During the last decade, Pepperdine has dramatically expanded its clinical offerings recognizing “the power of clinical experiences to engage and expand students’ expertise and professional identity through supervised responsibility for clients” as noted by the 2007 report on legal education by the Carnegie Foundation for the Advancement of Teaching. Pepperdine students today have many opportunities to enrich their education through participation in one of the six Pepperdine clinics maintained by the law school. The Clinical Program gives students the ability to serve low income families and individuals across the region while also gaining hands-on experience in the practice of law.
Directed by Brittany Stringfellow Otey, assistant professor of law, the Legal Aid Clinic and the Family Law Clinic are both housed in the Union Rescue Mission, one of the largest homeless shelters on Los Angeles’ skid row. There, student law clerks help clients with family law issues, in addition to tickets and warrants, expungements, applications for homeless court, credit, housing, taxes, and benefits. The Special Education Advocacy Clinic, directed by Richard Peterson, assistant professor of law and former president of the Orange County Regional Center, educates students about the nature of disabilities—such as autism, attention deficit disorder, and cerebral palsy—and provides opportunities for them to assist in the assessment of their clients’ special education legal needs and to represent them in the resolution of any disputes that may arise. Nidya Paredes (’06, JD ’09) serves as associate director of the clinic.
The Asylum Clinic, directed by Judge Bruce Einhorn, who enjoyed a distinguished career as a federal immigration judge before helping to found the Pepperdine clinic, provides law students the opportunity to represent indigent and underprivileged foreign-born individuals who seek asylum in the United States. The clinic’s primary focus is on claims of religious persecution, but extends to others with well-founded fears of persecution on recognized grounds. Susan Hill (JD ’93) and Emily Allen (JD ’05), who are experienced practitioners in the field, serve as supervising attorneys in the clinic. The Straus Institute for Dispute Resolution operates two additional clinics. The Mediation Clinic provides students the opportunity to serve as a mediator in small claims court cases and other referred disputes. The Investor Advocacy Clinic, which was founded through a generous grant from the Financial Industry Regulatory Authority (FINRA) is led by director Robert Uhl, a partner in the law firm of Aidikoff, Uhl & Bakhtiari and a leader in the field, and associate director, Judith Hale Norris, formerly vice president of FINRA. Students in the clinic provide legal counsel to clients who have been wronged by their brokerage firms and don’t have the financial resources to pay legal fees.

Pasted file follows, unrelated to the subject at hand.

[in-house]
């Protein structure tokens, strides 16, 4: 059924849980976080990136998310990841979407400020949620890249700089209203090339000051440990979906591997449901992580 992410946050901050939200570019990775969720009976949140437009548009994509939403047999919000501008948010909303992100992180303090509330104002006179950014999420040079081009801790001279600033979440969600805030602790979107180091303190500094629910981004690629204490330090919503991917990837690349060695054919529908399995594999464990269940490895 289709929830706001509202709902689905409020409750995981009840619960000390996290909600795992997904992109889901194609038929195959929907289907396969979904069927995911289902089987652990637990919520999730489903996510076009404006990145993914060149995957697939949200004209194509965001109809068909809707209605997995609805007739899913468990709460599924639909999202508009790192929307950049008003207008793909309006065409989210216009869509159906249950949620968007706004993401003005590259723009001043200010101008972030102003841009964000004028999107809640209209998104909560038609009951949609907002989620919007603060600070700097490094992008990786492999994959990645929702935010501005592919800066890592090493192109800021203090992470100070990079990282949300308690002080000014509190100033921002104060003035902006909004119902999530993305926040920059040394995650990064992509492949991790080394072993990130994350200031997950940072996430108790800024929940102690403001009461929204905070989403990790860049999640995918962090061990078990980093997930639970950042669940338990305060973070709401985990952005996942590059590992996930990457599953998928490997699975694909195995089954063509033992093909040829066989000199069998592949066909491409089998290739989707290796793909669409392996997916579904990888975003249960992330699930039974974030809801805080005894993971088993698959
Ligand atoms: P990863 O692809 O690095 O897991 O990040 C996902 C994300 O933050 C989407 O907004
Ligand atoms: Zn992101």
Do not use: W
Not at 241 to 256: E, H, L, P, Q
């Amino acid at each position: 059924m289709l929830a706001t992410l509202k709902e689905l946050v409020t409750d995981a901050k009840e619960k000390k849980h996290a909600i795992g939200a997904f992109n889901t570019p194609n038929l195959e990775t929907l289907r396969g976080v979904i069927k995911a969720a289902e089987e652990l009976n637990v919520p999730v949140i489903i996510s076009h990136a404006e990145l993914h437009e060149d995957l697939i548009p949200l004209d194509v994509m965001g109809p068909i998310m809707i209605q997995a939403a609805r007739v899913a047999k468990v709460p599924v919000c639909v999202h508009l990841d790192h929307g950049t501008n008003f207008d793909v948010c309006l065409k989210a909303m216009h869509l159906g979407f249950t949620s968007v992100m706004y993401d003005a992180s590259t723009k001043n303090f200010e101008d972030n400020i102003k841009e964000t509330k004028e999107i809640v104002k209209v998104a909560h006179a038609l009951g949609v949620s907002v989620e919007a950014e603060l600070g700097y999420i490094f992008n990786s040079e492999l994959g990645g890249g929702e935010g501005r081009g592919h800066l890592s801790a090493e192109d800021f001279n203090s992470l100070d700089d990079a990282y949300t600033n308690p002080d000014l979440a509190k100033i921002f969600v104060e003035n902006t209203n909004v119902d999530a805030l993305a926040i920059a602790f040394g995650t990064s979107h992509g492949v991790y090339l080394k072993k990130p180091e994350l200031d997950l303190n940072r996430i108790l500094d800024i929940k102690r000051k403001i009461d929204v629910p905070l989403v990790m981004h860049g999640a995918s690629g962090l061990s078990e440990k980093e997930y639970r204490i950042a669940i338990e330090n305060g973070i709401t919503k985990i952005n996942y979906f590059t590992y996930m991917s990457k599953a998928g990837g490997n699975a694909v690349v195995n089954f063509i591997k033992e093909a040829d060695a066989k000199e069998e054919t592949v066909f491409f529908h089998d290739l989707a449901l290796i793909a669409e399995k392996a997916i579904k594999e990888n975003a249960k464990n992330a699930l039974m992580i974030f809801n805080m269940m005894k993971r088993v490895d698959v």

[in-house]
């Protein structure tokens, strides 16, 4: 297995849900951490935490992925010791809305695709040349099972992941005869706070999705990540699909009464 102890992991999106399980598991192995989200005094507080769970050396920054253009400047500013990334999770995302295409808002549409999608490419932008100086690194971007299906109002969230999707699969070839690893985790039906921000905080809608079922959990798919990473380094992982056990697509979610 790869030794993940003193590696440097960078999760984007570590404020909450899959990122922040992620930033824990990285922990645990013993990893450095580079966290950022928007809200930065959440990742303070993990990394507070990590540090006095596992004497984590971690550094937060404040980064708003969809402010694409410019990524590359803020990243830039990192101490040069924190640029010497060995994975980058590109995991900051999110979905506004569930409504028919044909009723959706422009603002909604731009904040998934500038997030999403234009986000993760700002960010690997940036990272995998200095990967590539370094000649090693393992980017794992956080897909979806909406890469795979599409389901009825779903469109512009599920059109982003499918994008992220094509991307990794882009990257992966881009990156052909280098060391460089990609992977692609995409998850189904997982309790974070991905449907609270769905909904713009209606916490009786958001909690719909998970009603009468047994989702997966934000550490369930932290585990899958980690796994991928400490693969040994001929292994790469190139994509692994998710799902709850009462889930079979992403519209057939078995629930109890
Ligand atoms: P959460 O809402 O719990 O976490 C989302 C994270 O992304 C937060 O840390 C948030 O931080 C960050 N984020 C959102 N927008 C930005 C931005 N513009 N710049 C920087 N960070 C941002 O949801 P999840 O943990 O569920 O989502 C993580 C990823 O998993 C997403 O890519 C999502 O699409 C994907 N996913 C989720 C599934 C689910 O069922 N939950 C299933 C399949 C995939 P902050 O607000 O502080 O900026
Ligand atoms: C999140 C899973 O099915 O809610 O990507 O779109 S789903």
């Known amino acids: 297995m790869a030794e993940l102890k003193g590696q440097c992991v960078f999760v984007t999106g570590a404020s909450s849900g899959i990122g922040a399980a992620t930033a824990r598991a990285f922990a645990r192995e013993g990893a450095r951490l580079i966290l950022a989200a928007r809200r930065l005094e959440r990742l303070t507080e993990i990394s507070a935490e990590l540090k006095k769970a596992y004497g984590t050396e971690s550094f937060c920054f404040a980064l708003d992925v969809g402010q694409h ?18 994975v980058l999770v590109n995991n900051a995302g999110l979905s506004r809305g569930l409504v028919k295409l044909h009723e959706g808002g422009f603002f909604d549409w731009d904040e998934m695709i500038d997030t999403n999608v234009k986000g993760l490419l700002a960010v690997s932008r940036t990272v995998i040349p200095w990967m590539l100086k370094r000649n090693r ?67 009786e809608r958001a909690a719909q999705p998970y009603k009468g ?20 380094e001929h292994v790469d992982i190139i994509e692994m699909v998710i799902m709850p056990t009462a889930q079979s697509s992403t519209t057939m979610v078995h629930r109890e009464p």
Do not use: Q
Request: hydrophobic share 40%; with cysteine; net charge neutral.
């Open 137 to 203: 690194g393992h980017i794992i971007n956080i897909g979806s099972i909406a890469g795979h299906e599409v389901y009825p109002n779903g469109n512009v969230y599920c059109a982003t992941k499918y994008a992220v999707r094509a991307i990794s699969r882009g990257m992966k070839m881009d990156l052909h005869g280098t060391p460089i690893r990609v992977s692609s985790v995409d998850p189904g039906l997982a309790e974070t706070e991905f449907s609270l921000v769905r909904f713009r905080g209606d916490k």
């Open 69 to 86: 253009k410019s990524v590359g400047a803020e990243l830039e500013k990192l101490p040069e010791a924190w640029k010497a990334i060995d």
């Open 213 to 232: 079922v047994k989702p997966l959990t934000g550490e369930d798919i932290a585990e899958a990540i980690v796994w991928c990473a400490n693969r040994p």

Recent Publications from Clinical Education Faculty
Richard M. Peterson
Caught in the Cross-Fire: The Psychological and Emotional Impact of the Individuals with Disabilities Education Act (IDEA) upon Teachers of Children with Disabilities: A Therapeutic Jurisprudence Analysis, Int’l J.L. & Psychiatry (forthcoming).
The Persistence of Low Expectations in Special Education Law Viewed Through the Lens of Therapeutic Jurisprudence, 33 Int’l J.L. & Psychiatry 375 (2009)
Laurie B. Serafino
Life Cycles of Revolutionary Upheavals Through Bob Dylan’s Eyes, 38 Fordham Urb. L.J. (forthcoming 2011).
No Walk in the Dog Park: Drafting Animal Cruelty Statutes to Resolve Double Jeopardy Concerns and Eliminate Unfettered Prosecutorial Discretion, 78 Tenn. L. Rev. (forthcoming 2011).